Hemodynamic relationships among upper-abdominal aorta and femoral arteries: basis for measurement of arterial blood flow to abdominal-pelvic organs.

Published

Journal Article

BACKGROUND: Arterial blood flow (BF) to all abdominal-pelvic organs (AP) is a potentially useful indicator of splanchnic circulatory dysfunction or various stress-induced AP flow distributions. BFAP can be measured by subtracting BF in the "peripheral" bilateral limb left/right-femoral arteries (FA) from the "central" upper abdominal aorta (Ao) above the celiac trunk according to the formula: BFAP = BFAo-both BFFAs. It is necessary to understand the hemodynamics of the three-conduit arteries to determine physiological BFAP. The aim was to examine 1) basal hemodynamic parameters such as vessel diameter (VD), blood velocity (BV), and BF and their relationship to Ao and FAs and 2) how both BFAo and BFFAs influence the magnitude of BFAP. MATERIAL/METHODS: Fifty healthy males with a wide range of body weights were evaluated while seated following a 12-hour fast. Hemodynamics in three-conduit arteries was measured by pulsed Doppler with spectral analysis. RESULTS: Positive linear relationships in VD, BV, and BF were observed between Ao and both FAs (r value range: 0.399-0.529) and between BFAo and limb BFFAs (sum of both BFFAs; r=0.544, p<0.0001). BFAP was more strongly proportional to BFAo (r=0.966, p<0.0001) than BFFAs (r=0.303, p=0.0327 in LFA, r=0.281, p=0.0482 in RFA). BFAP was thus expressed as: BFAP (l/min) = 0.85 x BFAo-0.19. CONCLUSIONS: Under basal conditions, biological proportion and close hemodynamic relationship were observed between Ao and FAs. Consequently, BFAP was more strongly influenced by BFAo than by BFFAs. BFAP may be potentially evaluated by BFAo to determine single arterial hemodynamics using the above formula.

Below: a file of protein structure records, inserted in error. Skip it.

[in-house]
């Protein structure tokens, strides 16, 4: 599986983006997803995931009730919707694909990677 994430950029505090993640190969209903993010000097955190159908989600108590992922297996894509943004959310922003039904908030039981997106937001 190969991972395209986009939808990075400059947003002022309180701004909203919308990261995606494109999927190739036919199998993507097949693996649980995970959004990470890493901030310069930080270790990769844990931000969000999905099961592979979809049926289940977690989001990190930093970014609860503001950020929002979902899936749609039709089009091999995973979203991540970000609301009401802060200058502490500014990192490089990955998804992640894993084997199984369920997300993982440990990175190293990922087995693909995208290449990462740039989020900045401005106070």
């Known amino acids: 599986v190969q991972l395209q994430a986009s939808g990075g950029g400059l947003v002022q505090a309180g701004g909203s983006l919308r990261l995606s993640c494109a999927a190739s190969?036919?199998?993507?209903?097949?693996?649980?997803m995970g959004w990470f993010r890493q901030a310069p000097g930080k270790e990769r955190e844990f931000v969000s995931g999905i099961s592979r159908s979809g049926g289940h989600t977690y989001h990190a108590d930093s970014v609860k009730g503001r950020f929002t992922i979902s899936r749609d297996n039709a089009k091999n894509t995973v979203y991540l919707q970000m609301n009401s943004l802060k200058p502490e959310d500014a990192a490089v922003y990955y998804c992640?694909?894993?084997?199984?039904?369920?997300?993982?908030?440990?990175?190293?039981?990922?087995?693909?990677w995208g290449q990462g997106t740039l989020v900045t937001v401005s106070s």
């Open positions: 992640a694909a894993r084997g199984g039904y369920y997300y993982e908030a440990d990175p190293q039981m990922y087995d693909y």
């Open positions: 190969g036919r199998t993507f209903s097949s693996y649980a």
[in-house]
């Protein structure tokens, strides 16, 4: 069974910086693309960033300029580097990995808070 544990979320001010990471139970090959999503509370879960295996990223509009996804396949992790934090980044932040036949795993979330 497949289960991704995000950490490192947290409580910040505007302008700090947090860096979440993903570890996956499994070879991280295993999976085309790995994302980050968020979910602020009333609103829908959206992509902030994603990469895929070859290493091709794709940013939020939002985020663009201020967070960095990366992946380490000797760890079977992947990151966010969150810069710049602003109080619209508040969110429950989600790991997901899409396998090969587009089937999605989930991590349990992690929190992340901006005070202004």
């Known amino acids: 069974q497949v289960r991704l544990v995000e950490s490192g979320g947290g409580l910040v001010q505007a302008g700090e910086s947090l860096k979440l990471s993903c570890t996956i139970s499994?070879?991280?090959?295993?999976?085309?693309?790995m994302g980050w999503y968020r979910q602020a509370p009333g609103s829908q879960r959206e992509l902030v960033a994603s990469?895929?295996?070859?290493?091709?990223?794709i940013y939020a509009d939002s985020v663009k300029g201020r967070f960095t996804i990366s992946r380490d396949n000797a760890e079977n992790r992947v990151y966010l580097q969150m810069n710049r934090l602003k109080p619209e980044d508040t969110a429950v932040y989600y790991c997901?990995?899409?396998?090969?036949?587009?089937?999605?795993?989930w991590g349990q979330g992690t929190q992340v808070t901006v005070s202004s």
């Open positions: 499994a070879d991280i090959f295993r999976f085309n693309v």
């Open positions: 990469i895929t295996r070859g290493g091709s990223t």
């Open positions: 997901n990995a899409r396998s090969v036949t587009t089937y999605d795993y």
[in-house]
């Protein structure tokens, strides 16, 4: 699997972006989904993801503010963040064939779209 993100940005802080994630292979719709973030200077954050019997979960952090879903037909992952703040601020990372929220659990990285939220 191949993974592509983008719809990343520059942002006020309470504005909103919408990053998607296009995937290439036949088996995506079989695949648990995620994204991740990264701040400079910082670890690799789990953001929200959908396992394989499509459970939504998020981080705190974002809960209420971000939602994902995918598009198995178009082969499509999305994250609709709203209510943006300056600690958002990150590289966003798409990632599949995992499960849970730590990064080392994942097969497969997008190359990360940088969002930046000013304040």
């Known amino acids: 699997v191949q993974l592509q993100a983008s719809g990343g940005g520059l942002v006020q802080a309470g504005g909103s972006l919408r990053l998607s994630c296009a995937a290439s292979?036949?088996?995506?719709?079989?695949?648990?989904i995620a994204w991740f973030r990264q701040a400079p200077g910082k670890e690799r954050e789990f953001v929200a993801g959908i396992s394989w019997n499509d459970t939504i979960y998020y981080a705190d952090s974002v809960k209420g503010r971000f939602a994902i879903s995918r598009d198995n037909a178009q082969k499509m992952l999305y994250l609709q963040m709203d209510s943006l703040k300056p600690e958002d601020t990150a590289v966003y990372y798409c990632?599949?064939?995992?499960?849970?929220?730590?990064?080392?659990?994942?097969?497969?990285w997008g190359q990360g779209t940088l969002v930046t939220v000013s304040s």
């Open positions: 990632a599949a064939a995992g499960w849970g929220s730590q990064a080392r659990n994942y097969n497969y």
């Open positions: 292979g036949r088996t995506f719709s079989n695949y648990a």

Full Text

Duke Authors

Cited Authors

  • Osada, T; Nagata, H; Murase, N; Shimomura, K; Kime, R; Shiroishi, K; Nakagawa, N; Katsumura, T

Published Date

  • July 2009

Published In

Volume / Issue

  • 15 / 7

Start / End Page

  • CR332 - CR340

PubMed ID

  • 19564822

Pubmed Central ID

  • 19564822

Electronic International Standard Serial Number (EISSN)

  • 1643-3750

Language

  • eng

Conference Location

  • United States